Or you know, they could just inherit whatever agreements PornHub has with their existing payment processor that covers PornHub Premium on their way to reinventing Prime. That isn't as sexy as making 5 more payment apps though. Definitely not as sticky and not enough blockchain.


Google Play Cards are country locked. I am literally not able to use Google Play services with a 'gift card' outside of my home Country.

For me this makes it incredible useless. I doubt they actually want to build anything intuitive for that problem.


In their defense they did release 2 previous payments apps (wallet and android pay), but rolled them into google pay


Ah, that would be Google Pay and Google Pay Send.


can't tell if sarcasm

o_O


There are always holes in the market and Google is always writing Apps to fill those holes. This is an effort to achieve maximum market penetration and their go to strategy these past few years has been to try a more diverse approach so that they can fill all the holes with their own Apps and Services.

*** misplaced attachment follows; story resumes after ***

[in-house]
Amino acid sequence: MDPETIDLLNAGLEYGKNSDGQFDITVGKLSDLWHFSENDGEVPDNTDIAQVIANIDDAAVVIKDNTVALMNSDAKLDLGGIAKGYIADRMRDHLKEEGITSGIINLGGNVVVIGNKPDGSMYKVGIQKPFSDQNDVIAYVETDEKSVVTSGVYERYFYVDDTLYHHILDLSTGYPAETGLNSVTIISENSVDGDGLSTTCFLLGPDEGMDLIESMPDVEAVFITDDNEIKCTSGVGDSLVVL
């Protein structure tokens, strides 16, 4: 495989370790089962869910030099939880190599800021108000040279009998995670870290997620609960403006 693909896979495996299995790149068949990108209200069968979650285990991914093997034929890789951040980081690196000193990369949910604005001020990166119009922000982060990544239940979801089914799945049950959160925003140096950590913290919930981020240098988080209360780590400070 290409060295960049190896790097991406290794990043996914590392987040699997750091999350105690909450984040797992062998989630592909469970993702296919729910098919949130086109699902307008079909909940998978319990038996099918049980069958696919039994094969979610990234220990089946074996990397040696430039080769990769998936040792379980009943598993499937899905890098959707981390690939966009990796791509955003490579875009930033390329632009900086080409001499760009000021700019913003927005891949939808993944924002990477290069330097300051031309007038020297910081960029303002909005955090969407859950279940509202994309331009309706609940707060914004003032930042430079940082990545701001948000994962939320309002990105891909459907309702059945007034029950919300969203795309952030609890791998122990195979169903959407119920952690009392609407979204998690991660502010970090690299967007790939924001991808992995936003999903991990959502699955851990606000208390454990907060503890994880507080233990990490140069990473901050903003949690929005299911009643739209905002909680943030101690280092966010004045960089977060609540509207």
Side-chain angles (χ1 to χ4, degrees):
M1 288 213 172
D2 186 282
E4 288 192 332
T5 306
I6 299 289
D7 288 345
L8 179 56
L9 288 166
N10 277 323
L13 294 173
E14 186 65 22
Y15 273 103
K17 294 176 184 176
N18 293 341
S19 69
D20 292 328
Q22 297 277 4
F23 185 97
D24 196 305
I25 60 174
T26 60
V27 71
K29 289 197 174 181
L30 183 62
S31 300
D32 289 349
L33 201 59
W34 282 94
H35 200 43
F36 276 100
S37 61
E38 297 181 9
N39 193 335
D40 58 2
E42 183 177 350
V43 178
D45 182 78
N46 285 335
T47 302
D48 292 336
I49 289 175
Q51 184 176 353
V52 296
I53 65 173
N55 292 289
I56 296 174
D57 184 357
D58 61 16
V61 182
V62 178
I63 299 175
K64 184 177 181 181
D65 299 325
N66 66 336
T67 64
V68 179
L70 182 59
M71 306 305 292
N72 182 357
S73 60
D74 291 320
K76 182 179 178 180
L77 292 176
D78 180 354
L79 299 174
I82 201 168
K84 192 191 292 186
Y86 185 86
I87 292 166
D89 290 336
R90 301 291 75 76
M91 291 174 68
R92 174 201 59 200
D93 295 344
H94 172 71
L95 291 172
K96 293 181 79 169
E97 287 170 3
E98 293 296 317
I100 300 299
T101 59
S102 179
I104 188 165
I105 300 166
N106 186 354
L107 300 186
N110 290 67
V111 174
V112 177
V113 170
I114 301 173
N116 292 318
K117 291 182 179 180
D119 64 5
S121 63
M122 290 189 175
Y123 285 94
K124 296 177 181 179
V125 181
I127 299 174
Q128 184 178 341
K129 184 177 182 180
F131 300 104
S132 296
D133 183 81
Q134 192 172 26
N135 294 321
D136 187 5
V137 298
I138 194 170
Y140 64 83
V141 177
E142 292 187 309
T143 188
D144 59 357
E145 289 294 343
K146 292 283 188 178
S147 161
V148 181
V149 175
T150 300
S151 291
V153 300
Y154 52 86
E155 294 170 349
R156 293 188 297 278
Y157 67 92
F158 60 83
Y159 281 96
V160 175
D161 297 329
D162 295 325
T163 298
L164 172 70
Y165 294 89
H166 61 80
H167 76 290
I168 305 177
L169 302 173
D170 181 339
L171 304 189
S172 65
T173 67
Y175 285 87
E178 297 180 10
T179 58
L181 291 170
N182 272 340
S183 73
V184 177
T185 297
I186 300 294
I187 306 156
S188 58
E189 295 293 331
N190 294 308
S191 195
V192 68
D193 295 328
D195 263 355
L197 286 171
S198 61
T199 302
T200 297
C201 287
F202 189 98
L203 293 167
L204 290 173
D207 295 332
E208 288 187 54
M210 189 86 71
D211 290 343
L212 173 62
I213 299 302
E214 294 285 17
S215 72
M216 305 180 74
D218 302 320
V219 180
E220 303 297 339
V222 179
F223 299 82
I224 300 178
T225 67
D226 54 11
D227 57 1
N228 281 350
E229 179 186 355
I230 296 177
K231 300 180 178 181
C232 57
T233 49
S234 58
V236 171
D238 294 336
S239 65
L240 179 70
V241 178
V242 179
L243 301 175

Why do you think I'm being sarcastic?


Freedom of speech does not cover corporations, I really don't get why that is still being brought up.

Credit card companies don't want to be held responsible if your CC payment is being used for the sexual exploitation of people. They don't want to be associated with revenge porn, etc. I'm sure there's a puritan reasoning in there too somewhere, but TBF I doubt that's the primary reason given how big the porn market would be for companies like that.


I imagine that's a part of it but also the risk of chargeback is greater with adult content. People get buyers remorse at the exact moment you think they would and reverse the charge

Tried to start a site that wasn't for but did allow adult content and every payment processor closed their shutters on us


Freedom of speech SHOULD cover corporations. Especially in situations where an effective duopoly has frightening amount of international control that ultimately drawves most nation states, as is the case with Visa and MasterCard.

Visa and MC should be broken up, or at the very least regulated to the extent they can't cough without regulatory oversight.


> Freedom of speech SHOULD cover corporations

It does, the same way it covers everyone else: corporations are actors who have freedom of speech, a fundamental component of which is the ability to choose what speech they will and will not participate in, either as initiator or intermediary.


And that’s why payment processors have to die.

With bank transfers, no one except law regulates what you can pay for. With EC, same. With VISA/MasterCard/PayPal, selling cuban cigars in Germany from a German company to a German customer gets you banned.